In the late 19th century, the Sabbatarians built a synagogue and a ritual bath in Bezidu Nou. They continued to speak in Hungarian, like most Jews in Transylvania, but the prayers were recited in Hebrew. Hebrew was also the language used for texts inscribed on gravestones. By the end of the 1930s, the Sabbatarians had reached around 80-100 families, many of them bearing the name Kovács.

World War II and the deportations to Auschwitz

In the interwar period, Transylvania was part of the Romanian Kingdom, but in 1940 its northern part was ceded to Hungary following the agreement signed with Germany. At that time racial laws against the Jews were already in force in Hungary, so they were also extended to the newly incorporated region. In May 1944, all Jews from Northern Transylvania were imprisoned in ghettos, and soon afterwards they were deported to Auschwitz.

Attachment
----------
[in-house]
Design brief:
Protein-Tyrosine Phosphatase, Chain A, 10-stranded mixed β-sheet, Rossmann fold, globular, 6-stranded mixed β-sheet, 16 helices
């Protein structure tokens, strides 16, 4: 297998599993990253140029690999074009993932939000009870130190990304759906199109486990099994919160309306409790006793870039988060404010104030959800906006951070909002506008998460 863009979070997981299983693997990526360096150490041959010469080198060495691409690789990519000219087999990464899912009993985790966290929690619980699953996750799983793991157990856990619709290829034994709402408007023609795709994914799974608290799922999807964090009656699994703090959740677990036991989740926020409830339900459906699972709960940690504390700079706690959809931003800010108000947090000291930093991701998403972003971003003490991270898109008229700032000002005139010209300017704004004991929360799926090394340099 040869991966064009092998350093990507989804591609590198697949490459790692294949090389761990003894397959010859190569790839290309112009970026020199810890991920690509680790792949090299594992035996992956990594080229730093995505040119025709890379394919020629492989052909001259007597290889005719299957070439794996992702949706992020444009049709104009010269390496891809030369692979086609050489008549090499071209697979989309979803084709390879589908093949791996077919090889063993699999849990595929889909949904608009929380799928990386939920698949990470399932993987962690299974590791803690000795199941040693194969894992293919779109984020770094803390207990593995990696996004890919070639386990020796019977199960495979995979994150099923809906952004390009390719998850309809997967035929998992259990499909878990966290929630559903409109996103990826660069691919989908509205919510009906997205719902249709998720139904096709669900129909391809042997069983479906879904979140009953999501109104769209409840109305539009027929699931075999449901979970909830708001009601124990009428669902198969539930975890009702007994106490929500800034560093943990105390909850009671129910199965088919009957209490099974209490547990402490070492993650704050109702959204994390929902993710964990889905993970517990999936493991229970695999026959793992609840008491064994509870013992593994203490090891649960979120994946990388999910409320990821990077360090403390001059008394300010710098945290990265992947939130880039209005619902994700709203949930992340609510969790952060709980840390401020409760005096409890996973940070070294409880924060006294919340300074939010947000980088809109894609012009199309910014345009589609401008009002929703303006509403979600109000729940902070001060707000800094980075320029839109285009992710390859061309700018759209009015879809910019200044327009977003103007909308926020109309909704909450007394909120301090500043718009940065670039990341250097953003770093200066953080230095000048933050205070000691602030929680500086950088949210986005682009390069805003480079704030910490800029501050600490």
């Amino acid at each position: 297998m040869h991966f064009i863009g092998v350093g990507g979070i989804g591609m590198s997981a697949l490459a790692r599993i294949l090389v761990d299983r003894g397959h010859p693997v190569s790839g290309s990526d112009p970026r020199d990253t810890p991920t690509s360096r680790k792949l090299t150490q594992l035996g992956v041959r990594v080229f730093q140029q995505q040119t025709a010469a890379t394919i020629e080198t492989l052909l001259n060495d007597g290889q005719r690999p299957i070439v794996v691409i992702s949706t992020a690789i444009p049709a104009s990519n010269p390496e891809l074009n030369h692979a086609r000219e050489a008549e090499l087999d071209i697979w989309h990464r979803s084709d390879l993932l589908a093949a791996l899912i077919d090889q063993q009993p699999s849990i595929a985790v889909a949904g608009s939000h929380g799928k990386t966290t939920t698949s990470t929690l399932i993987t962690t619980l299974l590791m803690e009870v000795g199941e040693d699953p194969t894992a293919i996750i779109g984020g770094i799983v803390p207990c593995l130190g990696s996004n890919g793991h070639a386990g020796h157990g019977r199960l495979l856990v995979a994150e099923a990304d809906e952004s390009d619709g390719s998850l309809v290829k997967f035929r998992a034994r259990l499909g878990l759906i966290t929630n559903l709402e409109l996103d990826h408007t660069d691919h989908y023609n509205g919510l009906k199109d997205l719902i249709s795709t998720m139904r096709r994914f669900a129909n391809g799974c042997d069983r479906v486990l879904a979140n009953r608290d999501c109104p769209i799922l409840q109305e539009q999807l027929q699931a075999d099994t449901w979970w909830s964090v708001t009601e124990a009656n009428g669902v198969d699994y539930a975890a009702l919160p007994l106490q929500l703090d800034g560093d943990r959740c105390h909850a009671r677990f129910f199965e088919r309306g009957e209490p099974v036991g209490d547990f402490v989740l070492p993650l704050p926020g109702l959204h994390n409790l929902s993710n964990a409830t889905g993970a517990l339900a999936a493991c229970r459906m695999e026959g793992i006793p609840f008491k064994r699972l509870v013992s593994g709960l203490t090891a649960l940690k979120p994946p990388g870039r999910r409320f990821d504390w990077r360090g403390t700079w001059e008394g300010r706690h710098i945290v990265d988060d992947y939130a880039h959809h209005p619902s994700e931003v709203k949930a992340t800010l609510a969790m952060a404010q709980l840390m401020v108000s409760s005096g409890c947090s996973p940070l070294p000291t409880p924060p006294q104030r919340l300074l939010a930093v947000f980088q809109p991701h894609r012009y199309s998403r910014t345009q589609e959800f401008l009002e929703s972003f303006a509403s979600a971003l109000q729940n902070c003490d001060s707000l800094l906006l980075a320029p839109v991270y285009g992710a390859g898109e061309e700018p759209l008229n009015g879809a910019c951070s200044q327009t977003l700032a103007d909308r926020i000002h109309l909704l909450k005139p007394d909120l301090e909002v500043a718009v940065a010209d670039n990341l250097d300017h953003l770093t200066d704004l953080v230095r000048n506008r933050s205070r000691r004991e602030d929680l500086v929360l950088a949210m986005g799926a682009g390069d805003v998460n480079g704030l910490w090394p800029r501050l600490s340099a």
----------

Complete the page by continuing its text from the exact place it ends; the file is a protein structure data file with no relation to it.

The Sabbatarians were given a chance to escape death by a quick conversion to Christianity. Those who refused had the fate of the rest of the Jewish population of Bezidu Nou. Gendarmes gathered them in a ghetto in Târgu Mureş, and from there they were sent to Auschwitz. However, even then, a Catholic priest was able to enter the ghetto and take out some people by issuing certificates stating that they are Christians and are therefore exempt from deportation. Among them was a 17-year-old boy, Pavel Samuel Kovács.

Gravestone with Hebrew inscription

For the Transylvanian Jews, deportations to the Nazi extermination camps took place less than a year before the German capitulation and the end of the war. But when they arrived at Auschwitz, many were sent directly to the gas chambers. Few survived and were able to return home. Sabbatarians of Bezidu Nou were no exception. Of the survivors, some moved to Israel shortly after liberation from the camps. Only a few families of the old Sabbatarian community continued to live in the village.